[special correspondence of the Dispatch.]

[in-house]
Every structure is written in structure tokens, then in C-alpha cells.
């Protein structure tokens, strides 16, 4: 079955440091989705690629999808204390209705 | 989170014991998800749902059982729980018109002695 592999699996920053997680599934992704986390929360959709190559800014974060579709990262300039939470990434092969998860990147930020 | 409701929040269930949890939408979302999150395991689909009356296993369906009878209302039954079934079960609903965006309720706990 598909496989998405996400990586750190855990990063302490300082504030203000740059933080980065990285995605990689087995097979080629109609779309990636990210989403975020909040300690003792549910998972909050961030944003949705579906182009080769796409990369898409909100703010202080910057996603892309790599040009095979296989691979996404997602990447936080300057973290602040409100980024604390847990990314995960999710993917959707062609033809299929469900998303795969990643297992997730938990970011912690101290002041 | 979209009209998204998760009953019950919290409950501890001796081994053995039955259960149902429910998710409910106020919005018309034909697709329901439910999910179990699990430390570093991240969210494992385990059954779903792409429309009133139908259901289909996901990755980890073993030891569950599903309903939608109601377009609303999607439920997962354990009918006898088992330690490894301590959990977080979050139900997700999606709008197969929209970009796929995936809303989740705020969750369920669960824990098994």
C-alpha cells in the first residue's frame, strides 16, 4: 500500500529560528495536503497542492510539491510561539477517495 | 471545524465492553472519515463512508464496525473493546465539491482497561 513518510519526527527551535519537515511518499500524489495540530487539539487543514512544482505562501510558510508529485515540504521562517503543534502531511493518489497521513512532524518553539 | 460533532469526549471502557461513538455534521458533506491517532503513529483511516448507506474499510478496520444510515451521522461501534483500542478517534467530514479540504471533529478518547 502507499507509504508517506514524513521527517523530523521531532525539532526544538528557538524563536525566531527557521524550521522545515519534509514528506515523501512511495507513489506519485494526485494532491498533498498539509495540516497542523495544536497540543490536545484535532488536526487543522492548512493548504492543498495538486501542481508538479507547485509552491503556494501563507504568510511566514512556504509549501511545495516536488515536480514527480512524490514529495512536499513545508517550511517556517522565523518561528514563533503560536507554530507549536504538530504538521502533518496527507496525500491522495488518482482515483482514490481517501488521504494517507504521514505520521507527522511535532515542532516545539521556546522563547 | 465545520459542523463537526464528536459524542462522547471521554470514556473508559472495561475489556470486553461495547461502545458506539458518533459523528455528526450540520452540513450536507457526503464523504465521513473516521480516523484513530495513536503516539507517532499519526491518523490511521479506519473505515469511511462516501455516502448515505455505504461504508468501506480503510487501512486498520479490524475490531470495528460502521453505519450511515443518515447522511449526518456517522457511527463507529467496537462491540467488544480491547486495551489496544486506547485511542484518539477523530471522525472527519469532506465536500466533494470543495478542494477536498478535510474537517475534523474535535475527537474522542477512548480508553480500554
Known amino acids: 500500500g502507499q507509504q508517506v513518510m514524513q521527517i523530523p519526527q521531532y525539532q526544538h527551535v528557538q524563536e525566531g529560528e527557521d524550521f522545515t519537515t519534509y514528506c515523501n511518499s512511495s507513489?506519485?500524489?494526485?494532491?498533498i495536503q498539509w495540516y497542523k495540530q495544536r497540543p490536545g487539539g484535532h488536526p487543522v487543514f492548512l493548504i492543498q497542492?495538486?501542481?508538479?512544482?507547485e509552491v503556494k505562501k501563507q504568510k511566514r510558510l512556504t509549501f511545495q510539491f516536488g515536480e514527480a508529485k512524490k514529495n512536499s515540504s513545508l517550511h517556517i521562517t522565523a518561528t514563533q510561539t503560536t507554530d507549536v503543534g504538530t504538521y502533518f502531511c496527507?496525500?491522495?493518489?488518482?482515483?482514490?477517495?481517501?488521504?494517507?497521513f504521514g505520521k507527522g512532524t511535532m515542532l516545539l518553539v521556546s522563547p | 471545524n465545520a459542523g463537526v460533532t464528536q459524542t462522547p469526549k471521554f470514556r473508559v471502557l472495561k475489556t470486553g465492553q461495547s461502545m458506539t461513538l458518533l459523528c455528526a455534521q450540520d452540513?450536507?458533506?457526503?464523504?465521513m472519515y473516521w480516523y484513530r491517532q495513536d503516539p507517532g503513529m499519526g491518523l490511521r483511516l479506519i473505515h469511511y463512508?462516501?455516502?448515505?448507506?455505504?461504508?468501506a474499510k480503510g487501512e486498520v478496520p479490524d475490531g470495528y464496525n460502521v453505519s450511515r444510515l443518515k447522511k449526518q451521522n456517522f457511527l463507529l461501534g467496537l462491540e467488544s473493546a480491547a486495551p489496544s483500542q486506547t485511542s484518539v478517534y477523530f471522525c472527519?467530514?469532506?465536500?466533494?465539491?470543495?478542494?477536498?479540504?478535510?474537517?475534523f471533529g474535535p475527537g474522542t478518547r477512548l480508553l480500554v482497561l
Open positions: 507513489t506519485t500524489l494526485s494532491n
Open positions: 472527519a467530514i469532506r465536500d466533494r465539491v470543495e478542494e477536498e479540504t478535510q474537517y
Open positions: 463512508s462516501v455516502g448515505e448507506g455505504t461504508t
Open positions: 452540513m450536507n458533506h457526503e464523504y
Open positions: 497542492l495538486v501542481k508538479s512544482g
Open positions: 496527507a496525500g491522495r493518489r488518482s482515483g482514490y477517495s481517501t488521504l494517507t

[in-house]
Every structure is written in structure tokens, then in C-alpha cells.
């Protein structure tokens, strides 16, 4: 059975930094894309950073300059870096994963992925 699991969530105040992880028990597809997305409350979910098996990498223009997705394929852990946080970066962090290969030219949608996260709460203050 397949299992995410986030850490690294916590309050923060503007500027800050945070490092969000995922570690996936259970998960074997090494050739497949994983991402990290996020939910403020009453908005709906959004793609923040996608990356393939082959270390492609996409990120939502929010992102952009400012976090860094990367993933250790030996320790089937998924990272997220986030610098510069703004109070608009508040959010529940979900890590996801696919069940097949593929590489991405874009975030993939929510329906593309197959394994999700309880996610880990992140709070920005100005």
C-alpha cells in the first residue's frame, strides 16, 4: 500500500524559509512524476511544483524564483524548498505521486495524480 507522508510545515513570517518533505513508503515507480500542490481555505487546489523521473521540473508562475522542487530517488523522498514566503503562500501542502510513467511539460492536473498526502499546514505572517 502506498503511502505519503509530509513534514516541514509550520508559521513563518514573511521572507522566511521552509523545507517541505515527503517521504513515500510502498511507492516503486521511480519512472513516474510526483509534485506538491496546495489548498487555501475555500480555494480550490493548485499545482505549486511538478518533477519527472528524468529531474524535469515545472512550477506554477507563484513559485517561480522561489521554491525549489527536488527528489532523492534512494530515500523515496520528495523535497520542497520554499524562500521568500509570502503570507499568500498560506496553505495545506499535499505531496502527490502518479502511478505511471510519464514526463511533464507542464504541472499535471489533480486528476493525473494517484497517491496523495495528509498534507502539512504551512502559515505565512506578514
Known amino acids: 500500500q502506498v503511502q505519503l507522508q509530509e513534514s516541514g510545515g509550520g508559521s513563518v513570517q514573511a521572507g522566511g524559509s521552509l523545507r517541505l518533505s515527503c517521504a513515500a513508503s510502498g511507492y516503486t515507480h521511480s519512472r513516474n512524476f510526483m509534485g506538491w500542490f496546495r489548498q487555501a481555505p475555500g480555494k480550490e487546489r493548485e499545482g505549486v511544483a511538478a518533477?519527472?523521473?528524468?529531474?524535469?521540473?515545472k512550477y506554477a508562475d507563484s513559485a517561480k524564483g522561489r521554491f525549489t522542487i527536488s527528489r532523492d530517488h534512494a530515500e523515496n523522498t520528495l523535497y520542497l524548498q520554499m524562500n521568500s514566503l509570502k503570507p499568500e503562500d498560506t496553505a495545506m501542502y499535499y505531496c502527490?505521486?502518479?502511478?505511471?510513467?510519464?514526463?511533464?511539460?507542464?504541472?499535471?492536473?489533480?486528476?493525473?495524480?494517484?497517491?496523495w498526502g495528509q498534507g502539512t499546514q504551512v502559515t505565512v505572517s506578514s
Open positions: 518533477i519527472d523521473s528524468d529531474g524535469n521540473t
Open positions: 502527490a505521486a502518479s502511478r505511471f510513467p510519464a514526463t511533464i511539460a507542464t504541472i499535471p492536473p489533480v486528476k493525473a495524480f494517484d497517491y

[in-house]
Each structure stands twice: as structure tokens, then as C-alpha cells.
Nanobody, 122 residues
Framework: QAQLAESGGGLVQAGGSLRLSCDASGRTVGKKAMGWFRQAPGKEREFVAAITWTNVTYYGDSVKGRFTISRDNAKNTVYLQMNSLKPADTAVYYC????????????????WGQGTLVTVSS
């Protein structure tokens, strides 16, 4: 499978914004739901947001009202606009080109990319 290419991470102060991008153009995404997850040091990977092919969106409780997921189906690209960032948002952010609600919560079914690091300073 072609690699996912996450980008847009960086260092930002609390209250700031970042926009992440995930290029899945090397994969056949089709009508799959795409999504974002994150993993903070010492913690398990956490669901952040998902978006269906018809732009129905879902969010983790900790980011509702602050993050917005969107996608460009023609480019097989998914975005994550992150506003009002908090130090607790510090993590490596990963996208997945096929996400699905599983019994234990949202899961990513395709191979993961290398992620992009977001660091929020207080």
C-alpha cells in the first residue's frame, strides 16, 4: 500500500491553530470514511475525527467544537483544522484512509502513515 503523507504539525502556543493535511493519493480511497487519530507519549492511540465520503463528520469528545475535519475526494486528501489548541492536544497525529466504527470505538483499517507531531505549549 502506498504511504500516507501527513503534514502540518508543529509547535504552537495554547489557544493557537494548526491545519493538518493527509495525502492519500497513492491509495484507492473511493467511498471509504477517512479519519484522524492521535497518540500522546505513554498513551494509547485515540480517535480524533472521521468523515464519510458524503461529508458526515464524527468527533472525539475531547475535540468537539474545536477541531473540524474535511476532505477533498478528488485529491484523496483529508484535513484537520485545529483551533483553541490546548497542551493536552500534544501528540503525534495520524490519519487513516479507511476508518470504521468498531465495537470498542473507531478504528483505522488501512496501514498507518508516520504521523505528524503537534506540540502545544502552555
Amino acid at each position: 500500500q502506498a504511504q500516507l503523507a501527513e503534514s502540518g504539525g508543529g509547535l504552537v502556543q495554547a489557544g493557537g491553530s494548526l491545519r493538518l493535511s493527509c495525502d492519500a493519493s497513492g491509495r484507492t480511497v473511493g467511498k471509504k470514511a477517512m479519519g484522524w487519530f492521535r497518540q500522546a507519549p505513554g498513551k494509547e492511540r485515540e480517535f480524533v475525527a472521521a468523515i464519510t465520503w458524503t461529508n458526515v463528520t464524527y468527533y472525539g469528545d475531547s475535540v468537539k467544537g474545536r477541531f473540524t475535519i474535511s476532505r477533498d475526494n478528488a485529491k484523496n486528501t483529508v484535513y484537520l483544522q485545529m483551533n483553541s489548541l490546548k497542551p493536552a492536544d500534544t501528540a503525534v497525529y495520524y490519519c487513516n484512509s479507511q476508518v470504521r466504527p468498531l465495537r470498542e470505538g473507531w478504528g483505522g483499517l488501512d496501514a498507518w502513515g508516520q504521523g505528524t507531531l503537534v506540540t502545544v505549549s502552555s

Norfolk, May 18, 1861.The trains of the past day or two have brought new accessions to our troops, and our city presents quite a military appearance. Six of Lincoln's boats are reported off Old Point. When they think of giving us a visit, a warm reception is promised. The Old Dominion Guards, in command of Capt. Culpeper, came over from Portsmouth yesterday, and are stationed some distance up the road. Enthusiasm here is great, and in the Old North State troops await orders to join us, and will come within seven hours notice. They are willing to come if their daily allowance is to be served out at three crackers per day. Some of the soldiers here, unused to our water, have in consequence taken sick.--Twenty-two are at this time inmates of our hospital. The two brothers of the young man, Smith, who died in Portsmouth a short time since, are both lying sick. They are properly cared for by the patriotic ladies of that city. I am glad to know an arrangement has been made whereby our soldiery at the various points will be allowed the benefits of religious worship. This is a commendable move, and one that must result in great good to the military. It is reported that Mrs. Pendergrast declines living with her husband, if he does not immediately resign. I cannot vouch for the truth of this, but hope it is so. Too much credit cannot be awarded to the devoted ladies of our city. Since the arrival of the first company, their hands have been busy, and in no instance have their hearts been reckless in yielding to the substantial wants of those who have come from afar to defend our land. Truly are they ministering angels upon earth, and all praise is due them. Luna.